(photo from Diversity – Canada’s multicultural magazine)
Crisis Management & Communication: For organizations, it’s hard to experience a more emotionally-charged crisis than one that’s driven by racism. When security guards at Edmonton’s City Centre Mall kicked out and banned from entering the mall Gary Moostoos, a respected aboriginal elder, they were accused of racial profiling. The entire incident was recorded on video.
Once the issue became public, mall management waited a few days to say anything. By that time, the situation had become a reputation-destroying crisis.
It didn’t have to turn out this way. Here’s how Oxford Properties Development, owners and operators of the mall, could have better handled events.
Proactive crisis management & communication is key
If you’re responsible, you must be the first out with your messages. Sure, there may not be a lot to say at that point, but get out with what you have.
When the Pine Lake Tornado hit just outside of Red Deer, Alberta on July 14, 2000, the Capital Health region in Edmonton was told to expect many casualties. As the spokesperson, I had virtually no other information to share with the media. So I talked about the system’s emergency response plan and how we prepare to manage these types of situations.
While not the same magnitude, Edmonton City Centre mall waited two days to say anything in response to Moostoos’s accusations. By that time Mayor Don Iveson had weighed in and other Edmonton leaders. When the mall did respond, it sounded tentative and no one acknowledged any wrongdoing.
From that point on, the mall was playing catch up; reacting instead of shaping and influencing the story.
Successful crisis management & communication means stepping up if you’re responsible
Companies that find themselves in these types of situations need to think long and hard (but quickly) of who’s at fault. Be careful – it needs to be handled delicately.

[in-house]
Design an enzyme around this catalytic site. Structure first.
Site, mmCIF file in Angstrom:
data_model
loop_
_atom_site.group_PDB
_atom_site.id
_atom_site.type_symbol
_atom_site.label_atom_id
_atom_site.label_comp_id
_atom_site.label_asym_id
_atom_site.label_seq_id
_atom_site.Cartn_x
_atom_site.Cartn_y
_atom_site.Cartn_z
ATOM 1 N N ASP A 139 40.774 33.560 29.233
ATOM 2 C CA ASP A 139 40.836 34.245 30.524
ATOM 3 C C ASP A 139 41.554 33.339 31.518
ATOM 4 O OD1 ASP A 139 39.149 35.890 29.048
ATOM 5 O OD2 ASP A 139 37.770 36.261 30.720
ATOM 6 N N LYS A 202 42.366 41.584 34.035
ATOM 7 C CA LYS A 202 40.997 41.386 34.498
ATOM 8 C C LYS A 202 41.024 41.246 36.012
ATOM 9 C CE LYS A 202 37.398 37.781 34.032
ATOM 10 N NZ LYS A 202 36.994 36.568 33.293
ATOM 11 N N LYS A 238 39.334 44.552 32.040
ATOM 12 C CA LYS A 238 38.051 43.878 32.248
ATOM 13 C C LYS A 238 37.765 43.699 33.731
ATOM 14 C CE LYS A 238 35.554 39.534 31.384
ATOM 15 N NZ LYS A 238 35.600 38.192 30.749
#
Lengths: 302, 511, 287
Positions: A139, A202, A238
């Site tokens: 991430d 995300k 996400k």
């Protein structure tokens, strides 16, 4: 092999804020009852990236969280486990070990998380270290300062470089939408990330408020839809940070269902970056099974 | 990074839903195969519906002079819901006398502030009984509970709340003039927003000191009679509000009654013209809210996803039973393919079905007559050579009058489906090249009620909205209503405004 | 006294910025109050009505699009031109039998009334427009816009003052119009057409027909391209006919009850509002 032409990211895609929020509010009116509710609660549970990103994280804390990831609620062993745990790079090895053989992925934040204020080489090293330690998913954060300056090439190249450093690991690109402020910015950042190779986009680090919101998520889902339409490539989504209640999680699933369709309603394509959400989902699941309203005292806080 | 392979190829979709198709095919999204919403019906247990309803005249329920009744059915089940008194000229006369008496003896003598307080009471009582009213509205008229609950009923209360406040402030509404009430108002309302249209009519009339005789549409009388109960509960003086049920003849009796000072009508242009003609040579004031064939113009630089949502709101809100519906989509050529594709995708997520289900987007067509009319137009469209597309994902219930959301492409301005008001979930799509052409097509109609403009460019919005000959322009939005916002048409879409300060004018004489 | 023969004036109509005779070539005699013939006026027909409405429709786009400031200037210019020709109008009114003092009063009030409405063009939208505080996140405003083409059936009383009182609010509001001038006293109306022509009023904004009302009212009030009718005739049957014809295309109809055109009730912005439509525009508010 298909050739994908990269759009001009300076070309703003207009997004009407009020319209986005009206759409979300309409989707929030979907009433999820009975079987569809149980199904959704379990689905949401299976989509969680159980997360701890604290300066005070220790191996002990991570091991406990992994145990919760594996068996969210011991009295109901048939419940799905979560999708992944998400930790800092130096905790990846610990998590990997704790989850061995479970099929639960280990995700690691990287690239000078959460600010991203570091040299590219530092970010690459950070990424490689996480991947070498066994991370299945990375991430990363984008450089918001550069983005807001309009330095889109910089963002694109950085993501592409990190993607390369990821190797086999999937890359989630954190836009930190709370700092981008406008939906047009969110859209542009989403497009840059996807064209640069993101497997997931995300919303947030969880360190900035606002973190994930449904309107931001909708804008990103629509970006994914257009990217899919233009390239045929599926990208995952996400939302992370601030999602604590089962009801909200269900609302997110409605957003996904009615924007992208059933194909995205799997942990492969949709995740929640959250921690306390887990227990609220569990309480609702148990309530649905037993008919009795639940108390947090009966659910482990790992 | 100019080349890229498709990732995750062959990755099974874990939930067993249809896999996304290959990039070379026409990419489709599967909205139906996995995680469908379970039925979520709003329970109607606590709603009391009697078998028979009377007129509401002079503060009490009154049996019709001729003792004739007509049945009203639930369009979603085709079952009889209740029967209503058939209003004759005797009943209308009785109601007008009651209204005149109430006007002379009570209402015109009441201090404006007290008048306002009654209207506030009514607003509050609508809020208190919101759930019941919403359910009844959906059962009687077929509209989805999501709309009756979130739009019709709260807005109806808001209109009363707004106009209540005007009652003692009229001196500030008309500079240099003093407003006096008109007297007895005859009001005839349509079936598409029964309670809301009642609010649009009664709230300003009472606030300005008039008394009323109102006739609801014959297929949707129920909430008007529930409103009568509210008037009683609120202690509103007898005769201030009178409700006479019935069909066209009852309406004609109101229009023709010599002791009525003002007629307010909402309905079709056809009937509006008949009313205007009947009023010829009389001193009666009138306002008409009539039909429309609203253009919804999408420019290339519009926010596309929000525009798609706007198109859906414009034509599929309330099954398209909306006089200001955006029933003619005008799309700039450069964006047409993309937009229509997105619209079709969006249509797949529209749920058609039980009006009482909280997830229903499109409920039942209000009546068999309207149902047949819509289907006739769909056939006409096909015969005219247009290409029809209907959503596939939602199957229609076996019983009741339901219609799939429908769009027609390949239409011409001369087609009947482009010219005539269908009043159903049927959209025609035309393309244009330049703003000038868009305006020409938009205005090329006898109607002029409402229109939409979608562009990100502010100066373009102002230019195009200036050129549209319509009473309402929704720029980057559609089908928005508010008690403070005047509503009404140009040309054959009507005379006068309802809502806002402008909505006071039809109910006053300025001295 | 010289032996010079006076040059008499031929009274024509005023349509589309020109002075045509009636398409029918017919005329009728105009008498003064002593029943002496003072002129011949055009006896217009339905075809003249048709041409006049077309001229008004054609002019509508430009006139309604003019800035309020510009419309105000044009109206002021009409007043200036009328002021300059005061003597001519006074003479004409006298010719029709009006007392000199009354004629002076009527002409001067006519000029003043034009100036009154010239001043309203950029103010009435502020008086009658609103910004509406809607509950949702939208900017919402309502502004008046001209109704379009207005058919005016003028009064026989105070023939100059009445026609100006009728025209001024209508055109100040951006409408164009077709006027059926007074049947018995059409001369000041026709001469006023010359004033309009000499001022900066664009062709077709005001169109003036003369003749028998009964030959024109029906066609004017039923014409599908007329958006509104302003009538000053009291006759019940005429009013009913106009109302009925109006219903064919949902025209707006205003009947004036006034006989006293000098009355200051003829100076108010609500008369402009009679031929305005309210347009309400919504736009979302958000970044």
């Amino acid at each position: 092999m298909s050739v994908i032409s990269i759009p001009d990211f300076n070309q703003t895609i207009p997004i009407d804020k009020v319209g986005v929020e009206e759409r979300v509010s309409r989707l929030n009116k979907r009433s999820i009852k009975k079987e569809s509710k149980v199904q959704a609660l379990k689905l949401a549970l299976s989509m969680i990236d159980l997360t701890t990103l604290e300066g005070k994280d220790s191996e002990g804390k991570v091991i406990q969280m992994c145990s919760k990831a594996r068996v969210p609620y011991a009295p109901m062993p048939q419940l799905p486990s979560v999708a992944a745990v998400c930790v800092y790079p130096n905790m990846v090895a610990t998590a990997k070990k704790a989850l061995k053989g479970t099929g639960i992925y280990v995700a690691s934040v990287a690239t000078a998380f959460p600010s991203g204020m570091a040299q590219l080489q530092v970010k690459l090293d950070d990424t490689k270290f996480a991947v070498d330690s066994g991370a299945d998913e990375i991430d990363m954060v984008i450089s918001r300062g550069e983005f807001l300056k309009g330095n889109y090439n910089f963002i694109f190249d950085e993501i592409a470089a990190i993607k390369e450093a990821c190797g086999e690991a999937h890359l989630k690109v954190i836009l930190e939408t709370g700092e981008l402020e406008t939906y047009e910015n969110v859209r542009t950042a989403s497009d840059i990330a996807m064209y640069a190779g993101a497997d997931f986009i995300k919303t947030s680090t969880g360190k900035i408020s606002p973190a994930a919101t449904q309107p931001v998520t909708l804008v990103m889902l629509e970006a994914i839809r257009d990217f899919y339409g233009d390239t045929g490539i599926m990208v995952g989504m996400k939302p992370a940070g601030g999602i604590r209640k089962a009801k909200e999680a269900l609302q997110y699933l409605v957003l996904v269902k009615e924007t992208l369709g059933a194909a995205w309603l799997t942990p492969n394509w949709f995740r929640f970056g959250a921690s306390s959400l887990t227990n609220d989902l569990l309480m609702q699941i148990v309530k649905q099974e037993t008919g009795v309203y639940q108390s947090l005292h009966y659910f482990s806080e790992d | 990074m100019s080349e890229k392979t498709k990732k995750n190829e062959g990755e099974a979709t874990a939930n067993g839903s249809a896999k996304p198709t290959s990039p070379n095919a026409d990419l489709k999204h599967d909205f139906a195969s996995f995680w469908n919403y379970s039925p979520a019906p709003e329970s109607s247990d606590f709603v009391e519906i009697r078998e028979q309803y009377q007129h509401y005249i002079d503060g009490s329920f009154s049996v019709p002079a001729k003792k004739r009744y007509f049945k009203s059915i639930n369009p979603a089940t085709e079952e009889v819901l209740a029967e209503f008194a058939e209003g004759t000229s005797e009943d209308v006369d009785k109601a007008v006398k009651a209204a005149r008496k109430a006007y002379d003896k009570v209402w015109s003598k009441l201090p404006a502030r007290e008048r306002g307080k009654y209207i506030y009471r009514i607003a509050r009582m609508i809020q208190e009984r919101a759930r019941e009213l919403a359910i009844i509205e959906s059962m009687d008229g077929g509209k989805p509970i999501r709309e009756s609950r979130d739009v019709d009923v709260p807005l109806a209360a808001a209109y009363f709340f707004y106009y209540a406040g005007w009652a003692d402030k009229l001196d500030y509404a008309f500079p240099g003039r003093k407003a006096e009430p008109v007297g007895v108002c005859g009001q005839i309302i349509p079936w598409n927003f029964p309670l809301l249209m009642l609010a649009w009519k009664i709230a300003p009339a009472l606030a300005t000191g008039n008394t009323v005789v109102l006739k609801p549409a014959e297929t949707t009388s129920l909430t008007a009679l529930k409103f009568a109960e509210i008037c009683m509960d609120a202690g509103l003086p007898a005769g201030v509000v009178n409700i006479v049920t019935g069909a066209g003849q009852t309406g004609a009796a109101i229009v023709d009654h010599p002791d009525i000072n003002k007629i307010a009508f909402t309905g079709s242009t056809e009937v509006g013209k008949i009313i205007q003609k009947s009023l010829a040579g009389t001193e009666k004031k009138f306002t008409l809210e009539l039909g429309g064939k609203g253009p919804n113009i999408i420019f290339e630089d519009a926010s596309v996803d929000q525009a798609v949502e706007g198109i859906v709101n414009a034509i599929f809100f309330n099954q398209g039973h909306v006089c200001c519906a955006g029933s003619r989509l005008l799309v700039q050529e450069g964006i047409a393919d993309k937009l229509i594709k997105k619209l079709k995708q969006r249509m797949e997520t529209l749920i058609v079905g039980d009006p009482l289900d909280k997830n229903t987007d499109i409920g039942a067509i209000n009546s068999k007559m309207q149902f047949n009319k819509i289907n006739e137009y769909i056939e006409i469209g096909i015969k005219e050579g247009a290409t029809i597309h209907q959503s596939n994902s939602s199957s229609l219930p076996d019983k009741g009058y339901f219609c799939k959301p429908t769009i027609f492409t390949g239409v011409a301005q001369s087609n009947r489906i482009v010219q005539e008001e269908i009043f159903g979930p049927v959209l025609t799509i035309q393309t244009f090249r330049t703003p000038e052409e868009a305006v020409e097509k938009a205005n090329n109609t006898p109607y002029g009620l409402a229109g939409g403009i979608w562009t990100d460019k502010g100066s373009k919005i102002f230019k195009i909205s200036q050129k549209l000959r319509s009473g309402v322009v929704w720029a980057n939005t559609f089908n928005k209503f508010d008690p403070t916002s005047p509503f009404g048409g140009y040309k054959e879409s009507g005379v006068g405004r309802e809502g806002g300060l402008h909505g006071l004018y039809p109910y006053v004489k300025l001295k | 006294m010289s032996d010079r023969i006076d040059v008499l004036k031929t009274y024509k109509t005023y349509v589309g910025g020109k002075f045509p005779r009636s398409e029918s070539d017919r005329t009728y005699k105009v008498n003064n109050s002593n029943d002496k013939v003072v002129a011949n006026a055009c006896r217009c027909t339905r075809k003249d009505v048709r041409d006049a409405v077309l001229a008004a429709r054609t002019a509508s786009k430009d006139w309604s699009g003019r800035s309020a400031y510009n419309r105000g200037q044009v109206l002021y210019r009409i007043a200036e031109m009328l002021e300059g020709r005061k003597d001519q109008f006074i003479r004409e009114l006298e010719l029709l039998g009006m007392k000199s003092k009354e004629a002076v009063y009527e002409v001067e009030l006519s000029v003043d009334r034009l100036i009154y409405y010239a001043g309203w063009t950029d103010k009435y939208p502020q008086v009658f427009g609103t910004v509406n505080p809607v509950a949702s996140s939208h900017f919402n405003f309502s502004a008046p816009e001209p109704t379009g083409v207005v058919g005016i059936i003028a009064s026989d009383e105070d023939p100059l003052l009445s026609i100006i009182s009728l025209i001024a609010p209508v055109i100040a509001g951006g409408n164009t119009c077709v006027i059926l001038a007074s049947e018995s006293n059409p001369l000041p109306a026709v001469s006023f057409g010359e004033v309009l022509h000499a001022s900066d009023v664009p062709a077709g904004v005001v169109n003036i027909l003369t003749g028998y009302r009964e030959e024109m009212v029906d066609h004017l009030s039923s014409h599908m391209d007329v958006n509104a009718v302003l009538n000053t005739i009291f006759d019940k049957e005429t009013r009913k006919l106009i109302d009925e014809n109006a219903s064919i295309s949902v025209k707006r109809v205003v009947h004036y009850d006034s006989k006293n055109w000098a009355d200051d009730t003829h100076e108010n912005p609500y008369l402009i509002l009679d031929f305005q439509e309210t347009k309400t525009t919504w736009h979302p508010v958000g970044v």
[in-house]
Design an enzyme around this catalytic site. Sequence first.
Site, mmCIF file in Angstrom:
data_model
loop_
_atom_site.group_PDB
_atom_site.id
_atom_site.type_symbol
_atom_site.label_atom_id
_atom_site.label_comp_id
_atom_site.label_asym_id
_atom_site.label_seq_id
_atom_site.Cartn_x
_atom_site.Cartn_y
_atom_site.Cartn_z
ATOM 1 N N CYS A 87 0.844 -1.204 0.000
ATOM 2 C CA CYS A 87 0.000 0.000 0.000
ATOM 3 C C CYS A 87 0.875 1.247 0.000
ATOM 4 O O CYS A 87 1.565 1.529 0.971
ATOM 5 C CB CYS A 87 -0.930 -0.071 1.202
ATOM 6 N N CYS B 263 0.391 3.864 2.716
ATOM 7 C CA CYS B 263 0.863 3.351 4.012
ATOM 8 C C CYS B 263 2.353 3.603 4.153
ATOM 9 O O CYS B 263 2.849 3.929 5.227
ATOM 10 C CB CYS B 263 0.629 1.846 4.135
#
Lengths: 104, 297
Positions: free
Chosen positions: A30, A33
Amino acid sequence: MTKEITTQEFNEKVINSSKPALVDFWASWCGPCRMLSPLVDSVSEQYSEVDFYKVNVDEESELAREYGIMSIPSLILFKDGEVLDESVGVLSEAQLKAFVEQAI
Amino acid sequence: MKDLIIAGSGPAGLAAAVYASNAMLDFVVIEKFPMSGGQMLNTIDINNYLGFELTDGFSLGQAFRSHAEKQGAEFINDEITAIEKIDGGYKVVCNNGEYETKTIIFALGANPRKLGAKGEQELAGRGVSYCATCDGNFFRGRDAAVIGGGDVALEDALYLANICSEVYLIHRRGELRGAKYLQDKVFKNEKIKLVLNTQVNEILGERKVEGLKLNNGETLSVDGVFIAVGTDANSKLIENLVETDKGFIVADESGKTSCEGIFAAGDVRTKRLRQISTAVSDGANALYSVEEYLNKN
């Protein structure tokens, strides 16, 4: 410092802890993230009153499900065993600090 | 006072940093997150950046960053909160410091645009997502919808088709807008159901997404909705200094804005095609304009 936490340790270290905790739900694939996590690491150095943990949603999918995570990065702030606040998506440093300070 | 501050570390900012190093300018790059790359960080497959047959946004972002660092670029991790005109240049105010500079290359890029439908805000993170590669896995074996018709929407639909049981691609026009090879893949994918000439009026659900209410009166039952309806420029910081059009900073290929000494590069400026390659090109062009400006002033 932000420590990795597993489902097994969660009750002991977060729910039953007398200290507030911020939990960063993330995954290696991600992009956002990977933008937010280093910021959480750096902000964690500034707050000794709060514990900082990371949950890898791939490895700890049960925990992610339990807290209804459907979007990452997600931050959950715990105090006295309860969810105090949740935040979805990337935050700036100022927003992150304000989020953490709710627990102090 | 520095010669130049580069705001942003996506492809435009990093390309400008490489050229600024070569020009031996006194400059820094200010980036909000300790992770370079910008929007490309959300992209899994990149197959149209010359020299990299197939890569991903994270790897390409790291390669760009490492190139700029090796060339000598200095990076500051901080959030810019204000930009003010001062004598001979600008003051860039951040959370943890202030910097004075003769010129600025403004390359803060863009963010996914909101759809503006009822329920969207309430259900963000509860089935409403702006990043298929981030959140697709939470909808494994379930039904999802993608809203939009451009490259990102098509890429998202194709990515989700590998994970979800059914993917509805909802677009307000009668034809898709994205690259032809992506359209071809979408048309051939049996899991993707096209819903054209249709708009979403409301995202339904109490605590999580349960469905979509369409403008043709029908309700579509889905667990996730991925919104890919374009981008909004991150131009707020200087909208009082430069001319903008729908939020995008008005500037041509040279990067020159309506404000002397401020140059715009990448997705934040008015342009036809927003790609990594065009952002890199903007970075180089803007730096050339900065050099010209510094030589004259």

Forget about pointing the finger at specific employees even if they are at fault. They work for you and their mistakes are your mistakes. Also, there’s a David and Goliath dynamic going on and it’s too easy to look like the bully.
At first glance, it seemed reasonable for mall management to accept all the blame. Yet a closer look shows the security guards are sub-contracted through GardaWorld. While the mall must lead the communications and accept the majority of blame, GardaWorld should not receive a free ride. There’s an expectation when you sub-contract, especially through a world-class organization, that you’re hiring the best of the best.
I believe City Centre Mall should have insisted GardaWorld join them in issuing an apology.
Successful crisis management & communication need effective leadership
Despite the slow start, the mall’s general manager did eventually try and do the right thing. Initial attempts to reach out and connect with Moostoos didn’t go well. He was not receptive and described the repeated voice mail messages as harassment instead of well-intentioned efforts to apologize.
The mall’s general manager deserves credit two weeks later for publicly apologizing at a flash-mob round dance organized by the aboriginal community in support of Moostoos. However, I’m not entirely comfortable with how it unfolded.
Why was the general manager the only representative from the mall attending the 300-person round dance. Was this fair? Given her emotional response, did she have any idea of what was going to happen before it happened?
Think if a few members from GardaWorld and Oxford Properties’ management team had joined her. What a statement it would make.
A crisis can build a strong reputation
Few companies I’ve worked with are able to see beyond the immediate crisis and build a reputation that’s deeper and more meaningful longer term. We all know however, that it’s the tough times in our lives, and how we deal with them, that tell us and others what we’re made of and stand for. The same goes for organizations.
Edmonton City Centre Mall has the potential to become one of Edmonton’s top business leaders in working with the aboriginal community to make our city a place where everyone feels welcomed. At the round dance, the mall’s general manager did suggest partnering with the Edmonton Downtown Business Association to address the systemic racism of Canada’s aboriginal people.
Gary Moostoos wants change, and won’t accept an apology until he sees real action. And if there is a bright side to this incident, it could be a turning point in Edmonton’s relationship with the aboriginal community.
That Moostoos was a respected elder in the aboriginal community and the security people didn’t know it might prove, long term, to be good. This probably happens every day, but because they happened to do it to someone so respected and known, where the apology mattered, there is reason to hope change will come from such a mistake.